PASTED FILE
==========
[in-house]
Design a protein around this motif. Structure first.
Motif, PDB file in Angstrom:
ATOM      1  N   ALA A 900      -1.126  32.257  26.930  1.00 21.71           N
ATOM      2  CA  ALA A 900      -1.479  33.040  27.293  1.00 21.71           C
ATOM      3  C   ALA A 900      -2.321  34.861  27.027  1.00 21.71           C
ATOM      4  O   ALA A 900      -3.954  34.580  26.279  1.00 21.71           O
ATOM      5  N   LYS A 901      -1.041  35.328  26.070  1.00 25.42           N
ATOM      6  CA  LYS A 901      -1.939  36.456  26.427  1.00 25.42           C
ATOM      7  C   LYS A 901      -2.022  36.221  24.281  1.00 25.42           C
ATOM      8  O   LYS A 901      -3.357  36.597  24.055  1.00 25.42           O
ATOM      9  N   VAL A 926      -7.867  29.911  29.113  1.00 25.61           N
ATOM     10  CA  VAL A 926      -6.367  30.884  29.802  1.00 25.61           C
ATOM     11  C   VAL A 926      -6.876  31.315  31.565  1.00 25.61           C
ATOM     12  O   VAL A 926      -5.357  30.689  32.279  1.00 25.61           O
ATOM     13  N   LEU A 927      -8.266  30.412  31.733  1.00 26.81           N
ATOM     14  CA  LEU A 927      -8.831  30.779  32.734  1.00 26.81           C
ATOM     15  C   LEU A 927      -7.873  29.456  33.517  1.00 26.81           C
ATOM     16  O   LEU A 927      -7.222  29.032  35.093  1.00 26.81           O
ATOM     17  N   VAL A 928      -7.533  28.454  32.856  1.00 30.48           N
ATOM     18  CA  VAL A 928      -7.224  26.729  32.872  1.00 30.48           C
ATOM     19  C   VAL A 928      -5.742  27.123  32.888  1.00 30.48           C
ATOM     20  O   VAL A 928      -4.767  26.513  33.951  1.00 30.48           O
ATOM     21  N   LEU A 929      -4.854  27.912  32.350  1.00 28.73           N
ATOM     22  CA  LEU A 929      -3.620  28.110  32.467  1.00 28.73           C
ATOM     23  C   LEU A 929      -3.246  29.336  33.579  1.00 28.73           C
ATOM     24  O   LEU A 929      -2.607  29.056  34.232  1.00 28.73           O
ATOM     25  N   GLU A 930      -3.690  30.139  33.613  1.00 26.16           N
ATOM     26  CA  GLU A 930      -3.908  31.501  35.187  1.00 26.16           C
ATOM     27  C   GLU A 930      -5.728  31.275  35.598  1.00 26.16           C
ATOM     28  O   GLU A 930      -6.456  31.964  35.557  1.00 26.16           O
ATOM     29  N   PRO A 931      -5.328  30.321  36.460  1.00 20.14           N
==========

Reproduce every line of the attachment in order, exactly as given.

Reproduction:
[in-house]
Design a protein around this motif. Structure first.
Motif, PDB file in Angstrom:
ATOM      1  N   ALA A 900      -1.126  32.257  26.930  1.00 21.71           N
ATOM      2  CA  ALA A 900      -1.479  33.040  27.293  1.00 21.71           C
ATOM      3  C   ALA A 900      -2.321  34.861  27.027  1.00 21.71           C
ATOM      4  O   ALA A 900      -3.954  34.580  26.279  1.00 21.71           O
ATOM      5  N   LYS A 901      -1.041  35.328  26.070  1.00 25.42           N
ATOM      6  CA  LYS A 901      -1.939  36.456  26.427  1.00 25.42           C
ATOM      7  C   LYS A 901      -2.022  36.221  24.281  1.00 25.42           C
ATOM      8  O   LYS A 901      -3.357  36.597  24.055  1.00 25.42           O
ATOM      9  N   VAL A 926      -7.867  29.911  29.113  1.00 25.61           N
ATOM     10  CA  VAL A 926      -6.367  30.884  29.802  1.00 25.61           C
ATOM     11  C   VAL A 926      -6.876  31.315  31.565  1.00 25.61           C
ATOM     12  O   VAL A 926      -5.357  30.689  32.279  1.00 25.61           O
ATOM     13  N   LEU A 927      -8.266  30.412  31.733  1.00 26.81           N
ATOM     14  CA  LEU A 927      -8.831  30.779  32.734  1.00 26.81           C
ATOM     15  C   LEU A 927      -7.873  29.456  33.517  1.00 26.81           C
ATOM     16  O   LEU A 927      -7.222  29.032  35.093  1.00 26.81           O
ATOM     17  N   VAL A 928      -7.533  28.454  32.856  1.00 30.48           N
ATOM     18  CA  VAL A 928      -7.224  26.729  32.872  1.00 30.48           C
ATOM     19  C   VAL A 928      -5.742  27.123  32.888  1.00 30.48           C
ATOM     20  O   VAL A 928      -4.767  26.513  33.951  1.00 30.48           O
ATOM     21  N   LEU A 929      -4.854  27.912  32.350  1.00 28.73           N
ATOM     22  CA  LEU A 929      -3.620  28.110  32.467  1.00 28.73           C
ATOM     23  C   LEU A 929      -3.246  29.336  33.579  1.00 28.73           C
ATOM     24  O   LEU A 929      -2.607  29.056  34.232  1.00 28.73           O
ATOM     25  N   GLU A 930      -3.690  30.139  33.613  1.00 26.16           N
ATOM     26  CA  GLU A 930      -3.908  31.501  35.187  1.00 26.16           C
ATOM     27  C   GLU A 930      -5.728  31.275  35.598  1.00 26.16           C
ATOM     28  O   GLU A 930      -6.456  31.964  35.557  1.00 26.16           O
ATOM     29  N   PRO A 931      -5.328  30.321  36.460  1.00 20.14           N